7 UNESCO World Heritage Properties

A unique concentration of beauty! Are you ready to visit them all?

Tuscany it’s one of the regions with the densest concentration of UNESCO Heritage Sites in the world. There are seven of them! A unique concentration of beauty! Are you ready to visit them all?  

Florence, historic centre
Florence
Florence - Credit: Giuseppe Moscato

Unesco World Heritage since 1982
The entire historical center of Florence, a treasure chest of works of art and architecture, has been declared a World Heritage Site. From Piazza Duomo, with the Cathedral and the other monuments, to Piazza Signoria, with Palazzo Vecchio and the Loggia dei Lanzi, as well as the Ponte Vecchio, the churches, palaces and museums. Then there are the small streets where you can still breath in the Middle Ages, the craft shops that live on in the popular district of the Oltrarno, the testimonies of some of the greatest artists in the history (Michelangelo, Brunelleschi, Giotto, etc.). Here's what you should see in this city.

Pisa, Piazza del Duomo
Pisa. Piazza Duomo
Pisa. Piazza Duomo - Credit: Diego Albero Roman

Unesco World Heritage since 1987
Better known as the Square of Miracles, this is the heart of Pisa and it has one of the most amazing concentration of beauty in the world. Here you will find the famous Leaning Tower as well as the beautiful cathedral, the baptistery and the monumental cemetery. A must-see, during the day or at night, when the white marble shines against the dark sky. And since you’re in Pisa, here are the 10 things you HAVE to do!

San Gimignano, historic centre
San Gimignano
San Gimignano - Credit: 7Bart

Unesco World Heritage since 1990
This little charming town is a medieval jewel known and loved around the world. Wandering around its streets and looking up at its 15 towers (San Gimignano used to boast 72 towers, which is why the town is also known as the “Manhattan of the Middle Ages”!) is like entering a time machine. Here is a list of things to see.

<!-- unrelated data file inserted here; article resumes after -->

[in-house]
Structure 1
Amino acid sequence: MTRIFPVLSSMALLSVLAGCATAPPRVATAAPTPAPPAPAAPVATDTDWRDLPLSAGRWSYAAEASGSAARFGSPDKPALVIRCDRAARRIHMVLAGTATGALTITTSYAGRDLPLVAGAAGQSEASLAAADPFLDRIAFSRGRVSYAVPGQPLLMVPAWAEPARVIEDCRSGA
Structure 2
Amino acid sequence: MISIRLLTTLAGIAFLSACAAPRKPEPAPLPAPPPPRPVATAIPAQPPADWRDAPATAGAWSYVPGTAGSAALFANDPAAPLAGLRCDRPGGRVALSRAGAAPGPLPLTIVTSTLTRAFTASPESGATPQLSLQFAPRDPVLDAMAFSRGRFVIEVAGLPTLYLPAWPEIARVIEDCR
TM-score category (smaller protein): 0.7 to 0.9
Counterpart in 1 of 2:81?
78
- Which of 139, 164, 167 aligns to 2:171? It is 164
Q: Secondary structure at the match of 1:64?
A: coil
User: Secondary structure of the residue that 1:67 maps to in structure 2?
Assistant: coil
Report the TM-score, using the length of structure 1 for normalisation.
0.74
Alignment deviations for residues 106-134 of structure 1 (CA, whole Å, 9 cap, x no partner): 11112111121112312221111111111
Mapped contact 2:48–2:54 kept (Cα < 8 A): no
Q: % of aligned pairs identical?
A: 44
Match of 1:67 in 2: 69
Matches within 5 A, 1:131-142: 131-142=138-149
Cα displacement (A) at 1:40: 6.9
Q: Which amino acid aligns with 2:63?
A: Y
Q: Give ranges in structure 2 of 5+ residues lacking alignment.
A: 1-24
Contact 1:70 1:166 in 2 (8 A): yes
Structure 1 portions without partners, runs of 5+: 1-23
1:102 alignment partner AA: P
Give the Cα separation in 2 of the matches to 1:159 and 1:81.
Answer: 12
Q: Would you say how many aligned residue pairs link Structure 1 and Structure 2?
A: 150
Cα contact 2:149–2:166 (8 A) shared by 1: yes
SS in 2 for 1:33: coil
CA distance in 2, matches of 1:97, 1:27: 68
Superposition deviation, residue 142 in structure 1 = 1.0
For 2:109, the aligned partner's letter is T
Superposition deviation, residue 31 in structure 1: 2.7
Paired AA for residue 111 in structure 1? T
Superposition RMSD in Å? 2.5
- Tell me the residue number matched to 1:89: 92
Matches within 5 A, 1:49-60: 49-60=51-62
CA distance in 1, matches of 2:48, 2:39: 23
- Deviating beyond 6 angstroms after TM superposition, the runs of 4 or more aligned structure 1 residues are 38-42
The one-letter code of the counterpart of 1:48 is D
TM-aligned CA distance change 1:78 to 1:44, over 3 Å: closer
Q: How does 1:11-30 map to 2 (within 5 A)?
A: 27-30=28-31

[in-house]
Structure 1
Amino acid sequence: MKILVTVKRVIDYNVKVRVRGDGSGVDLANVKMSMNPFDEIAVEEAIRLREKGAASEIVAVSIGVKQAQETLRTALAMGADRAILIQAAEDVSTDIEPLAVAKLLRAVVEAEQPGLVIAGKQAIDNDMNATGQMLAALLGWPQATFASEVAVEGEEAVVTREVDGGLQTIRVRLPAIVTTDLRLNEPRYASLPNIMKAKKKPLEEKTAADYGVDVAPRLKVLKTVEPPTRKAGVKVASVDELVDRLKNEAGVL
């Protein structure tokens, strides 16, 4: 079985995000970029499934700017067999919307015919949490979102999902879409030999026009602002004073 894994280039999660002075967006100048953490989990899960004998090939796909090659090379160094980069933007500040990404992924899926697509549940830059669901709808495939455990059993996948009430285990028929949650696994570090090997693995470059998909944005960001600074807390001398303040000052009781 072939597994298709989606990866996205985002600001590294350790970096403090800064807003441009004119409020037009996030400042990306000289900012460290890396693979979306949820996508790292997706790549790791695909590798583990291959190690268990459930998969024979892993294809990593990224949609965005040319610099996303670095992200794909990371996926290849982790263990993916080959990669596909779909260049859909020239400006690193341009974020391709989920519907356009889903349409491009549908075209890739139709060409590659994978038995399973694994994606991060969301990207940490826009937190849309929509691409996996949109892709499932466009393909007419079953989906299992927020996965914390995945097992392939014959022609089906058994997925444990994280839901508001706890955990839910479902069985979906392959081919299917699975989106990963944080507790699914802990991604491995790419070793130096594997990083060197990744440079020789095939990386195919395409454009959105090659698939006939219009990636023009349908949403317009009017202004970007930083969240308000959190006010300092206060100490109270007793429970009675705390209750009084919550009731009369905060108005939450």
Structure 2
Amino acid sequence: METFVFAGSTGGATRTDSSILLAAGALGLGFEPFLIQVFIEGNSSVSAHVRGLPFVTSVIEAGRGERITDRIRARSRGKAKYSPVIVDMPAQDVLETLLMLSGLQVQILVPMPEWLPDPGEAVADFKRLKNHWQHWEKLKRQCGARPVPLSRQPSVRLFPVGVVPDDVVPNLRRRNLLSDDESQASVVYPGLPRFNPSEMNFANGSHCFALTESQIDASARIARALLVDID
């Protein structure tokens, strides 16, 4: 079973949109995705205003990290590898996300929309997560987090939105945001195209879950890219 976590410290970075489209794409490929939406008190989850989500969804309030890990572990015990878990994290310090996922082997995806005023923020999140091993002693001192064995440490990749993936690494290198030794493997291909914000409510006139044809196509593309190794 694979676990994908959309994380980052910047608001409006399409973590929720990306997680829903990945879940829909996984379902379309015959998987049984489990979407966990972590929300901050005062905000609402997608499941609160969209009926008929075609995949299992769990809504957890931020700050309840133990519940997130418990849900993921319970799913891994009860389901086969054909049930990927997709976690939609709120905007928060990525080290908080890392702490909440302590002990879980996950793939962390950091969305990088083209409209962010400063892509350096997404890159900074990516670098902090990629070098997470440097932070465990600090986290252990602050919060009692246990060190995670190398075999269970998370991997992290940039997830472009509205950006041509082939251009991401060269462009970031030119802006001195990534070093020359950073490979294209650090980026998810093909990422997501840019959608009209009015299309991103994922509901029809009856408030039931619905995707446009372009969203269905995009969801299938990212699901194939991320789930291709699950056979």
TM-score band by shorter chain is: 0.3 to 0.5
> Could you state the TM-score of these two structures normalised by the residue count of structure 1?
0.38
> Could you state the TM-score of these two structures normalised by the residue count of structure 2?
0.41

Siena, historic centre
Siena
Siena - Credit: Mario Cutroneo

Unesco World Heritage since 1995
We could go on and on talking about the beauty of Siena, one of the most famous Italian cities and a place every tourist aims to visit during a trip to Tuscany. No coincidence that UNESCO has awarded its entire historical center as a World Heritage Site! Here's the story of the town.

Pienza, historic centre
Pienza
Pienza - Credit: Martin Hapl

Unesco World Heritage since 1996
The small town of Pienza represents the first application of humanist urban planning concepts and it was an example for many other Italian and European cities. Therefore the entire village is considered to be the ideal Renaissance town. If this were not enough, it is located in the Val d’Orcia area, another World Heritage Site! Here are a few more reasons to visit Pienza.

Val d'Orcia
Val d'Orcia
Val d'Orcia - Credit: Marco

Unesco World Heritage since 2004
A landscape that has become the iconic image of Tuscany, with its distinctive beauty, the curvy hills with fortified settlements on top, cypress trees and vineyards, and colors that change according to the season. An image that exemplifies the beauty of well-managed Renaissance agricultural landscapes and that made the Val d’Orcia territory the first rural area to be honored with the UNESCO award. Here is what we suggest you must see (and taste!).

Medici Villas and two pleasure Gardens

Unesco World Heritage since 2013
The last Tuscan treasure to be recognized as a World Heritage Site are the twelve Medici villas and two pleasure gardens (Boboli Gardens and Pratolino Park-Villa Demidoff, both commissioned by the Medici family). The Medici Family, lords of Florence from 1434, then Grand Dukes of Tuscany from 1569, ruled this territory almost continuously until 1737. The constellation of the Medici Villas that they’ve left behind is a network of rural buildings, farms and hunting lodges, and an outstanding expression of the Renaissance and Baroque periods. All of them have something that will make your visit worthwhile!


Original article by Leila Firusbakht

Cover image credit: Mario Cutroneo

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